Christians emerge as key patrons for Jews moving to Israel
Evangelical Christians now bankroll about a third of all immigrants moving to Israel, according to AP tally; International Fellowship of Christians and Jews says it spent nearly $20 million on Aliyah since 2014, with $188 million previously going to the Jewish Agency to facilitate Aliyah in the two decades that preceded it.
Israel’s founding fathers, who etched a commitment to encouraging Jewish immigration into the declaration of independence, might be surprised to find that, seven decades later, the state is relying on Christians to fulfill that promise.
What was once a strictly Jewish-funded mission is increasingly being bankrolled by evangelical Christians. Israel’s Christian allies now fund about a third of all immigrants moving to the country, according to a tally by The Associated Press.
The figures reflect the ever tightening relationship between Israel and its evangelical Christian allies, whom Israel has come to count on for everything from political support to tourism dollars.
“After 2000 years of oppression and persecution, today you have Christians who are helping Jews,” said Rabbi Yechiel Eckstein, president of the International Fellowship of Christians and Jews, a group that raises money from evangelical Christians for Jewish causes. “This is an amazing thing.”
Israel has long depended on diaspora Jewish communities, especially in the United States, for donations and to lobby their local governments on its behalf. But evangelical communities have become increasingly important.
Israeli charities raise millions of dollars from Christians around the world, and evangelical Christians make up 13 percent of all tourists to Israel. A parliamentary caucus works with evangelical legislators around the world to foster support for Israel.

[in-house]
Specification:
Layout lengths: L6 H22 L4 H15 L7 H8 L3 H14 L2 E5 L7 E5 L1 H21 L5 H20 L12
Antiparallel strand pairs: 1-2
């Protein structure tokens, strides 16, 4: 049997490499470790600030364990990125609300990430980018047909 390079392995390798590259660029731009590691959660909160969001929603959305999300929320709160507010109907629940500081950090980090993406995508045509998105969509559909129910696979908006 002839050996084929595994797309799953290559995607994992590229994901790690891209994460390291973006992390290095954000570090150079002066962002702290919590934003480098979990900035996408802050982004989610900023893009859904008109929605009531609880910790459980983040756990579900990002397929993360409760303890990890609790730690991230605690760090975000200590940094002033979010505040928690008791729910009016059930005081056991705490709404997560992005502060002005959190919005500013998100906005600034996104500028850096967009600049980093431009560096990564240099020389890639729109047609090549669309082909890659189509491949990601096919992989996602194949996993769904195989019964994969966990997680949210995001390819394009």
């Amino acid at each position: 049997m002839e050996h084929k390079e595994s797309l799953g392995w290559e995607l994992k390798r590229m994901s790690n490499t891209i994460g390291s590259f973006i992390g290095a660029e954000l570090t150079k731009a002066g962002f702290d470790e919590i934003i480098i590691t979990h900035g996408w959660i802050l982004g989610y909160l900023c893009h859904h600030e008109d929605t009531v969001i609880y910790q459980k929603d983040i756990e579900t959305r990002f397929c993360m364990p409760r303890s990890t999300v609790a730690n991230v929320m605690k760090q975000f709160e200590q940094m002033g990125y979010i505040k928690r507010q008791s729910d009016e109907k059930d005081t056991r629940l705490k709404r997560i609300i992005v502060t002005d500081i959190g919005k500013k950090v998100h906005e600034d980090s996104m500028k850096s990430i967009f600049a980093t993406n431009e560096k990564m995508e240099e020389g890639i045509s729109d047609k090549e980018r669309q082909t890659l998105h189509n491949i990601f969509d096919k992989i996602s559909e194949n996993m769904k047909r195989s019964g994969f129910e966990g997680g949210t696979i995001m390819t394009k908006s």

Israelis can also thank white evangelicals for helping to put President Donald Trump, an ardent supporter of Israel’s nationalist government, in the White House.
“Israel has no better friends, I mean that, no better friends in the world than the Christian communities around the world,” Prime Minister Benjamin Netanyahu told a Christian media summit in Jerusalem last year.
European and American Jewish philanthropists championed immigration to Israel, known as “Aliyah,” or ascending, even before the creation of the state in 1948, by working to settle Jews in what was then Ottoman and British Palestine. In the decades after independence, the government partnered with Jewish groups to organize dramatic airlifts of Jews from troubled countries.
Christian support for the Aliyah largely began with the collapse of the Soviet Union and has grown in recent years as American Jews have redirected charitable donations to niche causes. That has forced nonprofits to expand their pool of benefactors.
“We don’t see any reason why not to rely on help, including donations, from all our friends around the world, be they Jewish, Christian or others,” said Yigal Palmor, a spokesman for the Jewish Agency, a nonprofit that spearheads Jewish immigration to Israel.
The Israeli Ministry of Aliyah and Immigrant Absorption, however, said it has no ties to Christian groups.